A Pagan coming-out ritual

The other day, someone asked, why isn’t there a Pagan coming-out ritual? When do straight people come out as straight? Maybe one day in the future, when people don’t assume that you are straight by default, there will be either be coming-out rituals for everyone, or no need of a coming-out ritual. There ought to be a coming-of-age ritual, though.

There have been criticisms of the notion of coming-out, both in terms of the notion of “out” — perhaps we’re coming IN to being visible, instead of OUT of being hidden — and in terms of the notion of a closet, in that being closeted as a way to avoid stigma is becoming unnecessary in most social contexts.

Shine! by Roz Byshaka

Shine! by Roz Byshaka (courtesy of Shutterstock)

A coming-out ritual, by Yvonne Aburrow

The circle or sacred space is opened in the appropriate manner for the tradition celebrating. If quarters are called, then they are addressed in a non-gender-binary way, e.g. Mighty Ones of the [direction], Powers of the [element]. All those gathered to celebrate bring a scarf. Preferably red, orange, yellow, green, blue, indigo, violet. The one who has recently come out as LGBTQIA wears a cloak and a veil.

Celebrant 1: Today we have gathered to celebrate the coming out of [name] as [identity]. (1)
He/she/ze (2) has been hidden,
like a bulb hidden in the earth, waiting to put forth the first green shoots in Spring.
He/she/ze has been hidden,
like a bud waiting for the first rays of the Sun to open.
He/she/ze has been hidden,
Like a shy animal in their burrow,
Waiting for the dusk to emerge and explore.
He/she/ze has been hidden,
Like a butterfly in the chrysalis,
Waiting for the right time to emerge.

Celebrant 2: But now [name] has come out,
And emerges into the world like a bulb putting forth a green shoot,
Like a flower opening to the sun,
Like an animal emerging from the burrow,
Like a butterfly emerging from the chrysalis!
Come out, [name], and be welcome in your full glory.

All: Come out! Come out! Come out!

(The outcomer now emerges from the cloak and the veil, and steps forward)

All: Hail and welcome!

(Each person now steps forward and places a coloured scarf around the outcomer’s neck, either offering their own personal blessing, or saying “I welcome you in your full glory as a [lesbian/gay/bisexual/transgender] (3) person, and celebrate your unique beauty and strength”)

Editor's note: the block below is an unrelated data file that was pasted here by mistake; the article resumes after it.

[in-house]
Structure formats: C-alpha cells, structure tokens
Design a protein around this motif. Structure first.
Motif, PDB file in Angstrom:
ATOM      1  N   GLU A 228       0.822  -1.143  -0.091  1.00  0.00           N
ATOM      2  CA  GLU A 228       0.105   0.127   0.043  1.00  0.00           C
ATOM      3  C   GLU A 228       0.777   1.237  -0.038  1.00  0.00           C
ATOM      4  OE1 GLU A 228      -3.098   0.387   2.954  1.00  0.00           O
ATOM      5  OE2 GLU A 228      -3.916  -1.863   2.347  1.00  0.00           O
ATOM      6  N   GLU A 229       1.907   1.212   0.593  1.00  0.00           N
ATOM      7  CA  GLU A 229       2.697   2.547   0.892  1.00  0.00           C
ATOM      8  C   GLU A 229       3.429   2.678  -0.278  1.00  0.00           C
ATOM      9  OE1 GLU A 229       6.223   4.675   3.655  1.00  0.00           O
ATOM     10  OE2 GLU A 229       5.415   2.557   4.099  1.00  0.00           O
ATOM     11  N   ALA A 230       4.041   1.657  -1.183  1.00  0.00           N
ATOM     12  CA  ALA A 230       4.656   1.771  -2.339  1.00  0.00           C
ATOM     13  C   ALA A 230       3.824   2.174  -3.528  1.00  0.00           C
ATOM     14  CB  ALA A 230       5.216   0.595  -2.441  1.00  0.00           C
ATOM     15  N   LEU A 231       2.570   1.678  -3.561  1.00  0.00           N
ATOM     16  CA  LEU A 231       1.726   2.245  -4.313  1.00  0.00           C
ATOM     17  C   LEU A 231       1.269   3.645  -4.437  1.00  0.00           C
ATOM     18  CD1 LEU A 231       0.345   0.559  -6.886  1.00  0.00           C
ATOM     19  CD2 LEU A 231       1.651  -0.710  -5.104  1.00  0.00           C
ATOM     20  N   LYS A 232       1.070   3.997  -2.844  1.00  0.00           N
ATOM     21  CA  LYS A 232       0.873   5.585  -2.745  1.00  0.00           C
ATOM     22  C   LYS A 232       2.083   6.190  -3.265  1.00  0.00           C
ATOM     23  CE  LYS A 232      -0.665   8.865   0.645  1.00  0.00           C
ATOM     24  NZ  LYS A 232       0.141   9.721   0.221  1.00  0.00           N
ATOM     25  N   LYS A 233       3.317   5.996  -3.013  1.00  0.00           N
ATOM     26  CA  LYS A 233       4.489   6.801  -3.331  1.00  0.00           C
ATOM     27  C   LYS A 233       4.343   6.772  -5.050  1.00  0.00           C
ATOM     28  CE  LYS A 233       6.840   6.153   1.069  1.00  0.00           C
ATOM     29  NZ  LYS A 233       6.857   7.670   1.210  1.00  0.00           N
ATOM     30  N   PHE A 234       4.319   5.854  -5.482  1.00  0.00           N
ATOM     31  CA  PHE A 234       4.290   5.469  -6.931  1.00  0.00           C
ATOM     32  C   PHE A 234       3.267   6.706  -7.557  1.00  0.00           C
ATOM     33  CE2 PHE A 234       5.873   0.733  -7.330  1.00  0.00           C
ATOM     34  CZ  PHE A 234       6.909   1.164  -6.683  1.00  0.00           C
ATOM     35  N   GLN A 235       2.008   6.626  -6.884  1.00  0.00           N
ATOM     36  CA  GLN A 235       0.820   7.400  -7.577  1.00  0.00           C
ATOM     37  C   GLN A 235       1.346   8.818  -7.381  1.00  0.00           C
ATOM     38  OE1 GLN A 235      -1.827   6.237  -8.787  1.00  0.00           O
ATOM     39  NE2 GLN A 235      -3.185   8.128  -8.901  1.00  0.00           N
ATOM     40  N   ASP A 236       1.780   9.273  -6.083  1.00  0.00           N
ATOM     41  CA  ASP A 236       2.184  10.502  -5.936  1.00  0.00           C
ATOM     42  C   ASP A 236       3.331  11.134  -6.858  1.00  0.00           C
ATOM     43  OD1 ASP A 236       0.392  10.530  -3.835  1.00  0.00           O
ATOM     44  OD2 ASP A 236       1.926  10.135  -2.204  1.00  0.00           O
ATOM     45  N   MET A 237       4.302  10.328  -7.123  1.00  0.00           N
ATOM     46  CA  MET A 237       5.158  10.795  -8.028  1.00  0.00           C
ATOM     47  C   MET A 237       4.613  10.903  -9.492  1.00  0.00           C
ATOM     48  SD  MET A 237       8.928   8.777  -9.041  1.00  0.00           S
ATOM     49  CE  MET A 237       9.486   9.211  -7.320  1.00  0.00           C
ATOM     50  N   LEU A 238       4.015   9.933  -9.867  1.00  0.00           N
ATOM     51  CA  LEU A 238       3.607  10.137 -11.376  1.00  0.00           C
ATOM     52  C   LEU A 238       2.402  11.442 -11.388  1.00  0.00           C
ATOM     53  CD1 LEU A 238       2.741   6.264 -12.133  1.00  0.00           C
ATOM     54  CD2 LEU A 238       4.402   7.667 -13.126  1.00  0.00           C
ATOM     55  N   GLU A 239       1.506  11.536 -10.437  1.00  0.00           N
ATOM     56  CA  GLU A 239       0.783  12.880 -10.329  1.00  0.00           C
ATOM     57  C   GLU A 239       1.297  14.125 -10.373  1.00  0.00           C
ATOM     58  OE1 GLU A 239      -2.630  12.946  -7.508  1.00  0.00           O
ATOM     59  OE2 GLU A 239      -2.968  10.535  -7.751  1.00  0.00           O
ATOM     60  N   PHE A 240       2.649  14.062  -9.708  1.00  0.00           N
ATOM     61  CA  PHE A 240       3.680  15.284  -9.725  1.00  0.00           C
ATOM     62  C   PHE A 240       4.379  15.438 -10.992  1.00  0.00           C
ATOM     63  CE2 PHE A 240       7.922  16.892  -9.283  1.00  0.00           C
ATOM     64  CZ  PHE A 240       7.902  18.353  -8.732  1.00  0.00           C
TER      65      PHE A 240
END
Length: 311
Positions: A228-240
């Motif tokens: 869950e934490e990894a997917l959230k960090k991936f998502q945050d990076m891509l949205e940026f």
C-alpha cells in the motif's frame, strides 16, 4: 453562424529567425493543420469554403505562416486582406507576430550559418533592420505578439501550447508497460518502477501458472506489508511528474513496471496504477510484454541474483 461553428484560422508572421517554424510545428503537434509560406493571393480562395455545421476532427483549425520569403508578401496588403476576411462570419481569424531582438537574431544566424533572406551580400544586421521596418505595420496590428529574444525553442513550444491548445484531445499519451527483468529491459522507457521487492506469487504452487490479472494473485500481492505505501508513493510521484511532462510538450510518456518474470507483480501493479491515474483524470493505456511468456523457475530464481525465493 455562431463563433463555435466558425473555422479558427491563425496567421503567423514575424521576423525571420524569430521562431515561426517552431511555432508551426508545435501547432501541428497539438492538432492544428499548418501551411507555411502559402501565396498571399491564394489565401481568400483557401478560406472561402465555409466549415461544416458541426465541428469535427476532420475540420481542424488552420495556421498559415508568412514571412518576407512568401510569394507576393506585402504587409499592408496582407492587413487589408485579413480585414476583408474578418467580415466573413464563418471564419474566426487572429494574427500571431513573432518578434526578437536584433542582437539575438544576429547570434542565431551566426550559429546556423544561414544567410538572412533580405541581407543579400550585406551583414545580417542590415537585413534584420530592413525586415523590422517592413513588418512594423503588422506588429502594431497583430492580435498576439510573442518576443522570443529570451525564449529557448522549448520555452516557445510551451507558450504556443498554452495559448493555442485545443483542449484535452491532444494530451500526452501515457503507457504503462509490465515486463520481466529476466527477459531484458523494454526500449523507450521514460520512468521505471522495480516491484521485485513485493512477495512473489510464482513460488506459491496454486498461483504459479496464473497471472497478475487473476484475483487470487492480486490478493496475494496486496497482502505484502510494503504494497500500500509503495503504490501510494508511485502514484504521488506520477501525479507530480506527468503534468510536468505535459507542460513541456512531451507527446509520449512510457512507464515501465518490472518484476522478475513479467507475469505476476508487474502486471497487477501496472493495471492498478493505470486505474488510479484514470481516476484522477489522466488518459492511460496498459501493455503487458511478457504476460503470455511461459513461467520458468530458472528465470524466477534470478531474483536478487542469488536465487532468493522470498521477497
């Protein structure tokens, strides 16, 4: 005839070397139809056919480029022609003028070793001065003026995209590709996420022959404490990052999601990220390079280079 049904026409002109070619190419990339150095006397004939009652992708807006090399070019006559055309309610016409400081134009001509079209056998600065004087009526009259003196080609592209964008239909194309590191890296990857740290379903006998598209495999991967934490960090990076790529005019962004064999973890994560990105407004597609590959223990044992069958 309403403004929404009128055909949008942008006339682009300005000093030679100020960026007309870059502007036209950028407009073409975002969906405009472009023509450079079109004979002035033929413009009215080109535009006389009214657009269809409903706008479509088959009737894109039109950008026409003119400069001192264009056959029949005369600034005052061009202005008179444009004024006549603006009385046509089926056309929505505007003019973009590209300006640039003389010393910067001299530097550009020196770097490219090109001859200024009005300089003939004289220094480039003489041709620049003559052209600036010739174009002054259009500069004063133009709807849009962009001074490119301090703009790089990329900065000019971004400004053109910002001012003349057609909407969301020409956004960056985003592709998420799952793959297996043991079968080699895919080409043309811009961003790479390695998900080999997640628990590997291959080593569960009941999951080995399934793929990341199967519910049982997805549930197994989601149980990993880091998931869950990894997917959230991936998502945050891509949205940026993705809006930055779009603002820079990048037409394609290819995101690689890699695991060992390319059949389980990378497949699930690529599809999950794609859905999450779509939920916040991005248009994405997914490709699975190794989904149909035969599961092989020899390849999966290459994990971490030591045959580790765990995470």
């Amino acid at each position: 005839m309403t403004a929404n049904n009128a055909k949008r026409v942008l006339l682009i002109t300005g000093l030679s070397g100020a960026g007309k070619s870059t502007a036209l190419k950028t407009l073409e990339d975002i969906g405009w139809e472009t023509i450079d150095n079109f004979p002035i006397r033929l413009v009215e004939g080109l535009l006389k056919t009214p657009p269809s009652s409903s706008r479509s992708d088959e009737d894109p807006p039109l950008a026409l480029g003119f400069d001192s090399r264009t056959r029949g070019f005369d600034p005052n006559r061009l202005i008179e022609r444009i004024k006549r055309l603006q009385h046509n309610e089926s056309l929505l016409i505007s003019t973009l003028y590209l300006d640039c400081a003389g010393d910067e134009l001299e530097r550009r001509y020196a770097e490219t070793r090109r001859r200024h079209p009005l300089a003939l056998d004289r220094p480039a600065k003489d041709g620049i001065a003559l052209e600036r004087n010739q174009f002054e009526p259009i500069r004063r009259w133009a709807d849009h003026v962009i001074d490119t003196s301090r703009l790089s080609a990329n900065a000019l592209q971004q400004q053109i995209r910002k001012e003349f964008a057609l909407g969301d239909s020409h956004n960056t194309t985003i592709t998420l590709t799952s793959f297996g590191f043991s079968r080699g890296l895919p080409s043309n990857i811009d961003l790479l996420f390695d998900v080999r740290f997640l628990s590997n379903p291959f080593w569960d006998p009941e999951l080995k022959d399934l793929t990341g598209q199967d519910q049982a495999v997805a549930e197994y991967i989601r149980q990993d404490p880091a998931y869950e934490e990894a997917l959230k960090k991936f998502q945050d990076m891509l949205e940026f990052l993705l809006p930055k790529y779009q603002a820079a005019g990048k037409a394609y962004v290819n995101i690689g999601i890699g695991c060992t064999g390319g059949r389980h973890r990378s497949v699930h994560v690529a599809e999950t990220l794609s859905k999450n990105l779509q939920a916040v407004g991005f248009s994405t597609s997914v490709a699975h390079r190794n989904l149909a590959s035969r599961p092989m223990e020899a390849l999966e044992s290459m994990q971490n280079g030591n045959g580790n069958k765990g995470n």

Celebrant 1: By coming out of the closet, you have come IN to the queer community.

All: Welcome in!

Celebrant 2: By coming out of the closet, you have come IN to the Pagan (4) community. Paganism encourages us to find our true and authentic self, and to be that to the best of our ability. By coming out as [identity], you have revealed more of your true self, both to yourself and to others.

[The outcomer now gets to encounter the ten queer spiritual roles]

Celebrant 1: There are as many ways to be queer as there are queer people, but we now present to you ten queer archetypes (5), who may help you and guide you on your way.

The Catalyst: I am the catalytic transformer. (Lights a flame)
I bring change.
I hunger and thirst for social justice.
I light the fire in the human heart,
The fire that rages against injustice,
The flame that burns bright to herald a new dawn.

The Mirror: I am a mirror, presenting an inverted image to society. (Holds up a mirror)
I am the Molly and the Drag Queen.
I am the one who queers everything.
I comfort the afflicted and afflict the comfortable.
I overthrow power structures with my parodies.

The Shaman: I am the queer shaman, (beats drum)
The consciousness scout.
I find the way between the worlds,
I travel the roads of the dead.
I am a child of the Moon,
A devotee of her mysteries.

The Trickster: I am the Trickster, (presents the outcomer with a flower)
The eternally playful one.
I am Peter Pan, always youthful.
My tricks expand your consciousness,
My dreams bring sparkle to the world.

The Beautiful One: I am the keeper and maker of beauty, (sprinkles glitter)
Making music, and art, and sacred drama.
I am the queer eye, discerning beauty wherever it roves.
I am the one who makes all things beautiful.

The Caregiver: I am the one who cares, (Caresses the outcomer)
For the suffering, the lost, and the outcast.
I bring joy to those who are on the edge,
Lost in the liminal spaces.

The Mystic: I am the mystic one, (holds wand/thyrsis/caduceus)
The in-between one,
The shaman, the traveller between the worlds.
I travel between the seen and the unseen,
I mediate between the worlds of flesh and spirit.

The Consecrated One: My sexuality is holy, (sprinkles blessed water or mead)
My being is holy, and I stand before the divine ones,
And lead the people towards the union of matter and spirit.

The Androgyne: I am the Divine Androgyne, (holds wand and chalice in each hand)
Including and transcending all genders.
I am change, and I am growth.
I am space and time.
I am spirit and matter.
I am the inbreath and the outbreath.

The Gatekeeper: I am the gatekeeper, (makes gesture of opening doors)
Who stands at the door of the sacred realm,